“OMG Becky, look at her butt, it is so BIG!”
“Look at that girl with that big ole butt and big ole legs.”
How many of you have heard of those expressions? Do you perceive those statements to be good or bad?
For their March edition, EBONY magazines dedicates a necessary conversation for the “plus size woman” and the negative connotations associated with it. The beautiful, sexy, military-style cover includes plus size celebrity women: Singers Chrisette Michele and Jazmine Sullivan, actress Danielle Brooks and blogger/designer, Gabi Fresh.
Personally speaking, I am what you consider “thick” and I’m proud of it. My body type does not allow me to be skinny. Do I desire to be skinny? No. But I do desire to be thick and healthy. I love my body, I just need to start taking care of it more.
Check out some of the excerpts and facts from the article:
- To be a “brick house” or “thick” has never been a sin in Black America, and not surprisingly, overweight Black women are also reported to be happier with their bodies than White women across the weight scale. The perceived White women’s coveted “skinny” status is not a universal goal for their Black counterparts; some of us who wear size 12, 14, 16, 18, 20 and up actually like ourselves as we are.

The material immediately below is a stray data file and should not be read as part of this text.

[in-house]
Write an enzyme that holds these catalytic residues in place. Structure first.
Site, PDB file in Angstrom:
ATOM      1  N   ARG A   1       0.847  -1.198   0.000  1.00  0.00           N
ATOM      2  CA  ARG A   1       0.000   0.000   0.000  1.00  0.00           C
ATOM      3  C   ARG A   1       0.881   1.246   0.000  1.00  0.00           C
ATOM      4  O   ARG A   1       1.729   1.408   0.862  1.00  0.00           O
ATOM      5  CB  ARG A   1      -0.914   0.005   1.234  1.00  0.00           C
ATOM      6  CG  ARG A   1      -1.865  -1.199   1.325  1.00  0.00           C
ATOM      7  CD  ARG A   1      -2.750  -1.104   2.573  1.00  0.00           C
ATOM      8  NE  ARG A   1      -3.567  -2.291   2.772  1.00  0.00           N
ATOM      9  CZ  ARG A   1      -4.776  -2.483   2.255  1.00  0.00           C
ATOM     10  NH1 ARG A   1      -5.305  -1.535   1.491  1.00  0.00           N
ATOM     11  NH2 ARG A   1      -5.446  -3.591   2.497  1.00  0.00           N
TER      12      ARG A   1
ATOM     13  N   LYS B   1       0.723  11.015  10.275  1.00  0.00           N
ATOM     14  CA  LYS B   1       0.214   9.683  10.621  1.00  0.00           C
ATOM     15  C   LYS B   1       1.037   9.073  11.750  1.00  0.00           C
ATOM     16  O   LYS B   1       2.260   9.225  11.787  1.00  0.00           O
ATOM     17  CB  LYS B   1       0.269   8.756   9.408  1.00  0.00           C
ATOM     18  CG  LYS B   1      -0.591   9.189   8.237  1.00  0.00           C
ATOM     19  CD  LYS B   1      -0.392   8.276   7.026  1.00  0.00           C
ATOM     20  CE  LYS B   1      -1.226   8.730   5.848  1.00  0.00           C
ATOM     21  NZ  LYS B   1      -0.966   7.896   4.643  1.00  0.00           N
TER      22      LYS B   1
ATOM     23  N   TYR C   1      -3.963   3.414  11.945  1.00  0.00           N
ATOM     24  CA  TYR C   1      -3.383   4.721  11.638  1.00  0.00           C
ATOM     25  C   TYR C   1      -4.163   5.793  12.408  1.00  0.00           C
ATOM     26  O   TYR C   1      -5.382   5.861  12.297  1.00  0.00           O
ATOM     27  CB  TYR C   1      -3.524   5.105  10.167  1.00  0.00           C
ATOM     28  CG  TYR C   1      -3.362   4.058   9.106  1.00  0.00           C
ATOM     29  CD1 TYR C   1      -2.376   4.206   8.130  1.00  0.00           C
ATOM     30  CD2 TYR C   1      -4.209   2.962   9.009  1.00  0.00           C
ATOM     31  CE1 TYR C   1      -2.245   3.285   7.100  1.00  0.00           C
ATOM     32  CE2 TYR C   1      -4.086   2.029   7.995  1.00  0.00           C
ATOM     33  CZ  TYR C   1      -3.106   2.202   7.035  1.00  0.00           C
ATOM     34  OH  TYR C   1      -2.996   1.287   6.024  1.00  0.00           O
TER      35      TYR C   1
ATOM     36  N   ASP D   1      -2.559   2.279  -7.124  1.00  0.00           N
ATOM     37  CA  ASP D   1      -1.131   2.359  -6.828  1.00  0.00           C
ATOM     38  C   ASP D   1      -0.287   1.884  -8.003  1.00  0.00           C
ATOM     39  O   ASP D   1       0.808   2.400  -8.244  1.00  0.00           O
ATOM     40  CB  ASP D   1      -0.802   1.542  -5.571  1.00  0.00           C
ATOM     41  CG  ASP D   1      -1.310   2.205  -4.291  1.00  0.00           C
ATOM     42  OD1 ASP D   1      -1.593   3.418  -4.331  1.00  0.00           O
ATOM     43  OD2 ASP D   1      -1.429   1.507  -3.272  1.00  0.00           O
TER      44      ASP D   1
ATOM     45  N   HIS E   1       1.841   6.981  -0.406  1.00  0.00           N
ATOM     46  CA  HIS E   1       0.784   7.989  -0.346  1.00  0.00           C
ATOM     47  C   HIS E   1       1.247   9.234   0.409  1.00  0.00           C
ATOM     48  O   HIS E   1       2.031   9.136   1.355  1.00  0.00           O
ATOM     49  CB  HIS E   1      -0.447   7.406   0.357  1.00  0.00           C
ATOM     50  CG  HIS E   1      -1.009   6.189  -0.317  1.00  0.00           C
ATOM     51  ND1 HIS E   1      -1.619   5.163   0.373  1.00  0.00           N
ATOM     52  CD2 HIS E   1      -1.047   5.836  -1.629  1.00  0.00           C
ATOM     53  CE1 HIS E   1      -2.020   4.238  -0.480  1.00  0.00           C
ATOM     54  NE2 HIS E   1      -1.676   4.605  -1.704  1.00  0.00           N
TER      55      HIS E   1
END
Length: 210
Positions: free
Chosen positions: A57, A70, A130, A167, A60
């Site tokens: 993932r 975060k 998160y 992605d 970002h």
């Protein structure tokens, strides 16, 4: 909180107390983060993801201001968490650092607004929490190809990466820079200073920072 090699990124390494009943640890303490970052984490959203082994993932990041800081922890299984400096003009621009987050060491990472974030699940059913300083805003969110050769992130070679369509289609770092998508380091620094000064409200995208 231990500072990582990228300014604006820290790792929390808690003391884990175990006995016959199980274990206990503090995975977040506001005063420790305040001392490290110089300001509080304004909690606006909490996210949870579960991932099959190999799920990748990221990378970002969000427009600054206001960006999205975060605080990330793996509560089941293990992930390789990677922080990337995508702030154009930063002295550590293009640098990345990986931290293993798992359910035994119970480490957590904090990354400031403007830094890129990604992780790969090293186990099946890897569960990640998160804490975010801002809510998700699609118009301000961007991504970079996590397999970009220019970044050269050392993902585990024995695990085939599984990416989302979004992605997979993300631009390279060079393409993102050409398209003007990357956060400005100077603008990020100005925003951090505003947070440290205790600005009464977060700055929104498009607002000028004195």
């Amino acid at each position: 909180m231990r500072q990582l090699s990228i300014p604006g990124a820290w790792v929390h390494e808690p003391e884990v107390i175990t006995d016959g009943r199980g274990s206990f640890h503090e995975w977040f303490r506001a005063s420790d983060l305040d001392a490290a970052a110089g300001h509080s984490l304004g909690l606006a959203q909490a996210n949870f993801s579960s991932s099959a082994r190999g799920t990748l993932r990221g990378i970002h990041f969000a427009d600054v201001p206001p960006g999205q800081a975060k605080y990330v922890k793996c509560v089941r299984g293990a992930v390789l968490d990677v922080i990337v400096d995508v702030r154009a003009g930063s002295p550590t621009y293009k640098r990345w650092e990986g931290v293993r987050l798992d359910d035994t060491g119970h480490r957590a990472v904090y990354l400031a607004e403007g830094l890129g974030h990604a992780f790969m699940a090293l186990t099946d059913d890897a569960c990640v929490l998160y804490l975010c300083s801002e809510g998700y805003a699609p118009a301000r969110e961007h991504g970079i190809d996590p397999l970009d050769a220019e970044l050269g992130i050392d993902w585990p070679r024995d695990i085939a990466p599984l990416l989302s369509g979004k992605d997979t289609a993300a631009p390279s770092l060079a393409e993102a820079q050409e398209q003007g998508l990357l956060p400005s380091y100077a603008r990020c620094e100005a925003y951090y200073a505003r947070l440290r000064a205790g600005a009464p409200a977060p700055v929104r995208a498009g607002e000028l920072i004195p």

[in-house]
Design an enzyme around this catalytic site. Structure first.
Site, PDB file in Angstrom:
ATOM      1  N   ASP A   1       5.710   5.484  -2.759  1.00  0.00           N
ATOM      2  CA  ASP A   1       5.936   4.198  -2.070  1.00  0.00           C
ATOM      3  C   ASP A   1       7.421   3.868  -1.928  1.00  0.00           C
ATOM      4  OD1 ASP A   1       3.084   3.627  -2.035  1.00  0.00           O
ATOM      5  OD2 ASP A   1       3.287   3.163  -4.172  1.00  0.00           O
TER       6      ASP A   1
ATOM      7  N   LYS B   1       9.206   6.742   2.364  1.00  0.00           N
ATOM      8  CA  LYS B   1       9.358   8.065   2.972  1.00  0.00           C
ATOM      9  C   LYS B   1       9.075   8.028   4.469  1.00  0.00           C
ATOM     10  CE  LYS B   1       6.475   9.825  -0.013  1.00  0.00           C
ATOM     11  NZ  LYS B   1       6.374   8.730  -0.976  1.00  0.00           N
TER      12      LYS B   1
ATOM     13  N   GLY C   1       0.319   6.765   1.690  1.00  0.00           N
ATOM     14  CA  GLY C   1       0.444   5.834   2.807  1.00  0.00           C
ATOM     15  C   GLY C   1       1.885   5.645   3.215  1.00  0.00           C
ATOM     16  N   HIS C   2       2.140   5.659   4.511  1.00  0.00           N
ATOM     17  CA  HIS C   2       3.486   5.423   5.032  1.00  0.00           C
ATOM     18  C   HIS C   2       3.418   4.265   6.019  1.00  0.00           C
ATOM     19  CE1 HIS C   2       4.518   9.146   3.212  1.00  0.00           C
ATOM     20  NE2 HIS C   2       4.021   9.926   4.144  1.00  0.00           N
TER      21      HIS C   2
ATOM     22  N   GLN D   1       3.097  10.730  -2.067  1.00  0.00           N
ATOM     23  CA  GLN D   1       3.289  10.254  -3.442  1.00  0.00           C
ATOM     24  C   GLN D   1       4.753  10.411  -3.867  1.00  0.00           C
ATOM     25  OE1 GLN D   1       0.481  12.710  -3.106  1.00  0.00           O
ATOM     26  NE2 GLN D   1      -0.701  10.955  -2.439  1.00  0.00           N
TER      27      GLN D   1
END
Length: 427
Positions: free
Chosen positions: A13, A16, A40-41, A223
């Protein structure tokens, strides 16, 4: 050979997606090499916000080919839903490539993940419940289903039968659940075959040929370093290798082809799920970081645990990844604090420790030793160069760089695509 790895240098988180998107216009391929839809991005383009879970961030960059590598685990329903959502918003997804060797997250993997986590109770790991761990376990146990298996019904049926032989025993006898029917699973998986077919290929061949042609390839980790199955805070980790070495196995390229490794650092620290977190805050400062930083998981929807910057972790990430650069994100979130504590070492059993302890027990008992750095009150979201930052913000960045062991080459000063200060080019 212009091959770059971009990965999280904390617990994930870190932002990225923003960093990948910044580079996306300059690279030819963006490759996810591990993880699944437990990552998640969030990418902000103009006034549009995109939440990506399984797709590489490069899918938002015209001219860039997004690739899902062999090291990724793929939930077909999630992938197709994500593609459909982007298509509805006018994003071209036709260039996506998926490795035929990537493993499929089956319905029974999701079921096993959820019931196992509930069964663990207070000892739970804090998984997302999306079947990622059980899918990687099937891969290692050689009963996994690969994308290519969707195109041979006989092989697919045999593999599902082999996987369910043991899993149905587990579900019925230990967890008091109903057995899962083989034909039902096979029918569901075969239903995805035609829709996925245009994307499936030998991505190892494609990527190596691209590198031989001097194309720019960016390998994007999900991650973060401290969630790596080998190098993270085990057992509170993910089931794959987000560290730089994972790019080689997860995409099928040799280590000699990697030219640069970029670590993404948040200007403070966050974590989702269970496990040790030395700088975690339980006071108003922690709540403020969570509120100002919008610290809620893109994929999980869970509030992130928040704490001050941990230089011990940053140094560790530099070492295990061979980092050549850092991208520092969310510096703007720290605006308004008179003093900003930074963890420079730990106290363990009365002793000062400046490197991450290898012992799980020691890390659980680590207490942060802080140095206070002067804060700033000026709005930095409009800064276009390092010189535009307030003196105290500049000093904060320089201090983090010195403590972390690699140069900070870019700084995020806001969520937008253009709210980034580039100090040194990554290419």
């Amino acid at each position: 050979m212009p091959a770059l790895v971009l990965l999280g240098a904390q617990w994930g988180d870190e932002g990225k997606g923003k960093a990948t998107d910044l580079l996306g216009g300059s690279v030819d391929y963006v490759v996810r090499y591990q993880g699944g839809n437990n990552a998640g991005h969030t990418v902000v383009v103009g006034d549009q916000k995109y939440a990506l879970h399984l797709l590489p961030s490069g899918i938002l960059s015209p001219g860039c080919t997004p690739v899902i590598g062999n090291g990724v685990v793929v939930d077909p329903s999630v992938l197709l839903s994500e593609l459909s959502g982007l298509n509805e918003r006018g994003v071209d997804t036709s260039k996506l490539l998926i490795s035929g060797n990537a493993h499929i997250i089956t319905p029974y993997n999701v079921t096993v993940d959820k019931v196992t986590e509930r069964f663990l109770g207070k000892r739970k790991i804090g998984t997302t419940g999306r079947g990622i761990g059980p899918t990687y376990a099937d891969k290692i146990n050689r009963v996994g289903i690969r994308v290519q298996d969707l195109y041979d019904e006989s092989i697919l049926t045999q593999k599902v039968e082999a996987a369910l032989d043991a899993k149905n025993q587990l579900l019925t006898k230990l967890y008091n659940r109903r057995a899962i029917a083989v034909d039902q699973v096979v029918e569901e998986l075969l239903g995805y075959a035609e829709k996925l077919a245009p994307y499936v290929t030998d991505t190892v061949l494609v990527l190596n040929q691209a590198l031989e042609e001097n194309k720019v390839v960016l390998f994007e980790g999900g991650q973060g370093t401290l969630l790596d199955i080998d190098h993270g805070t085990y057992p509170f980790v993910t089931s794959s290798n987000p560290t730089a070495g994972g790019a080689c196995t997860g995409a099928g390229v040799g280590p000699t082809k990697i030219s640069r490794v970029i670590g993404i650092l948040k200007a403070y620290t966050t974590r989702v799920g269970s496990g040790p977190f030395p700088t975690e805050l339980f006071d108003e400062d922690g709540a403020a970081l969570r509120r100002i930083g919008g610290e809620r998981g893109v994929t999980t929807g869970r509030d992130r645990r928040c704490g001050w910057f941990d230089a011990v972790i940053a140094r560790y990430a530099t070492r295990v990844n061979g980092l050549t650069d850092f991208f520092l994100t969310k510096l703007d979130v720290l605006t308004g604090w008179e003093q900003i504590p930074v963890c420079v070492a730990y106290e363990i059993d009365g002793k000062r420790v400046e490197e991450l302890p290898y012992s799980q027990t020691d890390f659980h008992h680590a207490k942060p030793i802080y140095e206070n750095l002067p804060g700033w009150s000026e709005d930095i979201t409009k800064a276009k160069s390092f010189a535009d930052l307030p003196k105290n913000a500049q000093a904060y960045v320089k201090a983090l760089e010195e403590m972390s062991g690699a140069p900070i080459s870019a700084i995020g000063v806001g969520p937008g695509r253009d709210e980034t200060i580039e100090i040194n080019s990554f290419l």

- But there is also the issue of health. With nearly 80 million obese adults—and in 2008, more than $145 billion spent on related medical costs—the relationship between weight and deadly health conditions (e.g., type 2 diabetes, stroke and heart disease) likely loomed large in National Consciousness Raiser-in-Chief Oprah Winfrey’s decision to purchase 10 percent of diet company Weight Watchers last fall.
Read the full article HERE.
Read the full interview and learn what the “The Body Brigade” celebrities think of being a plus-sized woman in the March edition when it hits the newsstands!
This is a juicy question – are you happy with your weight and your health status? Why or why not?